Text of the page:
All You Need To Know About Australian Distillery

In this era, after a hard day’s work people love to unwind with a glass of whiskey and vodka. Parties are considered to be incomplete without a glass of alcohol. But where does it come from? This article will put an end to all your doubts and questions about the origin and development of distilleries. Grab a glass of wine and read on about Australian Distillery!

What is a distillery

In simple terms, a distillery makes hard alcohol drinks like whiskey, gin or vodka. The process is similar to that of making beer. The basic ingredients, i.e. grains, yeast and water are combined and the ratios vary on the basis of the drink to be prepared. Over a period of time, the grain breaks down and is converted into sugar from starch. The yeast and the enzymes produced help convert the sugar into alcohol. Once this is done, the grains are drained off. The water which is left behind is poured into a still. Since the boiling point of alcohol is lower than that of water, it turns into vapour first. Once the vapour cools down, it condenses to form a liquid, which is otherwise known as alcohol.

Australian Distilleries

The distilling industry in Australia is one of the fastest growing and the most diverse in the world. The number of registered distilleries rose from 210 in the Year 2019, to 288 in February, 2020. A wide range including Single Malt, Blended Whisky and Rye are made in every state in the country, though the majority produce Single Malt style of Whisky. The production has put the Island state of Tasmania on the itinerary for Whisky lovers, The island houses over 50 registered distilleries. Most of the distilleries in the Whisky production epicenter use malt from local brewers which is all that is required for its production. Tasmania to Australia is what Scotland is to the United Kingdom. The distilling in this part of the world began in the year 1803 by the British and lasted for about 30 Years before it was prohibited by The Governor, John Franklin.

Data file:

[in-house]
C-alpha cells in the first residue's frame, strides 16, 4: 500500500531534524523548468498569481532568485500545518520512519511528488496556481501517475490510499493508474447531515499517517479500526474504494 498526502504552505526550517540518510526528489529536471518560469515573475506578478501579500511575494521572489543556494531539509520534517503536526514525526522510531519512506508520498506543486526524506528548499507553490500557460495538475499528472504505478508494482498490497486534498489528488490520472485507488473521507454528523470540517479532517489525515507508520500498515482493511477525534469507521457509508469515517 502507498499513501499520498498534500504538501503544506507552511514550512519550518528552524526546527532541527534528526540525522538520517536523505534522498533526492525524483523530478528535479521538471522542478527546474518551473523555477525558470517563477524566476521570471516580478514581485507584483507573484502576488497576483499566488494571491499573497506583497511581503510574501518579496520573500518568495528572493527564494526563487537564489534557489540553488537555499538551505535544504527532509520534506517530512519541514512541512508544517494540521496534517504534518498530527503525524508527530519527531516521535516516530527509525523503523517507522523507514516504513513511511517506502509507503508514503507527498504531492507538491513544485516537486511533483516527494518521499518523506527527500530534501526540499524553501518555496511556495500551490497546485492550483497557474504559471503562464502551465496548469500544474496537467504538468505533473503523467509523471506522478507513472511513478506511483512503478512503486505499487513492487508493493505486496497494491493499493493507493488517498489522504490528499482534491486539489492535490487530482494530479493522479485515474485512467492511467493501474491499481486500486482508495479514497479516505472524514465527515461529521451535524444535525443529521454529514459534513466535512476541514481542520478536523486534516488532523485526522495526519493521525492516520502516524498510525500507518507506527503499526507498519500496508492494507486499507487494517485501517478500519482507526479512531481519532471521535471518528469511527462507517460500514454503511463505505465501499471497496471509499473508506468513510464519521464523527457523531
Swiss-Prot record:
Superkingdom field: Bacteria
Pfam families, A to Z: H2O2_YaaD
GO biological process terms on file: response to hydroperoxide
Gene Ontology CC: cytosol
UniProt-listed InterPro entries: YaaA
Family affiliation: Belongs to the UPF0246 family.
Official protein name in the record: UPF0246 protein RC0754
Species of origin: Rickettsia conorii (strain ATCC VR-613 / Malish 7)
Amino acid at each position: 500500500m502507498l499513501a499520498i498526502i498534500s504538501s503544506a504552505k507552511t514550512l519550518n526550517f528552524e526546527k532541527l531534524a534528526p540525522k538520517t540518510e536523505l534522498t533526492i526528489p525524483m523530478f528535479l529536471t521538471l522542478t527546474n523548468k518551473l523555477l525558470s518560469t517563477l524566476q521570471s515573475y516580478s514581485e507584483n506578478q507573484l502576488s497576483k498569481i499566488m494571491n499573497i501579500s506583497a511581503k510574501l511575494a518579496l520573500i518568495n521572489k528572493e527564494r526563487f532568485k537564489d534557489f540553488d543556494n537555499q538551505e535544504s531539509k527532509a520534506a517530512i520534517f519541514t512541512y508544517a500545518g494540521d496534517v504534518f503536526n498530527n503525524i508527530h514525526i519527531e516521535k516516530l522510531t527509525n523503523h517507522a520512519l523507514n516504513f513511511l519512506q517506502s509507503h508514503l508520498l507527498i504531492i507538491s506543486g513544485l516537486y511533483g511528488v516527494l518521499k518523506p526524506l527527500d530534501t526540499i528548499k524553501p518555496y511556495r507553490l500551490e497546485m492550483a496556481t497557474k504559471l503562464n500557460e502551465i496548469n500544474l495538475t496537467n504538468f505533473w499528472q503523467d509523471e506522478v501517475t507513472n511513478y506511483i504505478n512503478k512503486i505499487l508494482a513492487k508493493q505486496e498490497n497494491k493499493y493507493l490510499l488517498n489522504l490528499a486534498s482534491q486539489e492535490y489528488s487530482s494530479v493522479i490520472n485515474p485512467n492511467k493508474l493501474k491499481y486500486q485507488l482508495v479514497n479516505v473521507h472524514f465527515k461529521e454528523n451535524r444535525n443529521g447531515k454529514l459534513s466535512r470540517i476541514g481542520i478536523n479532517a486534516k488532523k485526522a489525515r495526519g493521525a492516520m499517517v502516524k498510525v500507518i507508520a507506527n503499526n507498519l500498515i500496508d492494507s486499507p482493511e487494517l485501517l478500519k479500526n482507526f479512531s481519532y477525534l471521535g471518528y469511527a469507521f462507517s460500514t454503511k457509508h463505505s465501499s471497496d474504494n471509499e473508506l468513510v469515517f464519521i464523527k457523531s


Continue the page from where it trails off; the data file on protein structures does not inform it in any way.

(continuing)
Current scenario

One of the issues for this burgeoning Australian distillery industry is a relative lack of local interest. Australia does not drink a lot of single malt compared to countries such as France, Holland, Canada, the UK and the US where many of the island distillers export. So, initially, Tasmania’s alcoholic drinks were being drunk more abroad than at home which changed with winning of the award. The locals gave it a try and feel in love with their own single malt which has led to a strong growth in the local market.

Australia has dozens of boutique distilleries which are known worldwide for their aroma, colour and quality. Make sure they are a part of your bucket lists!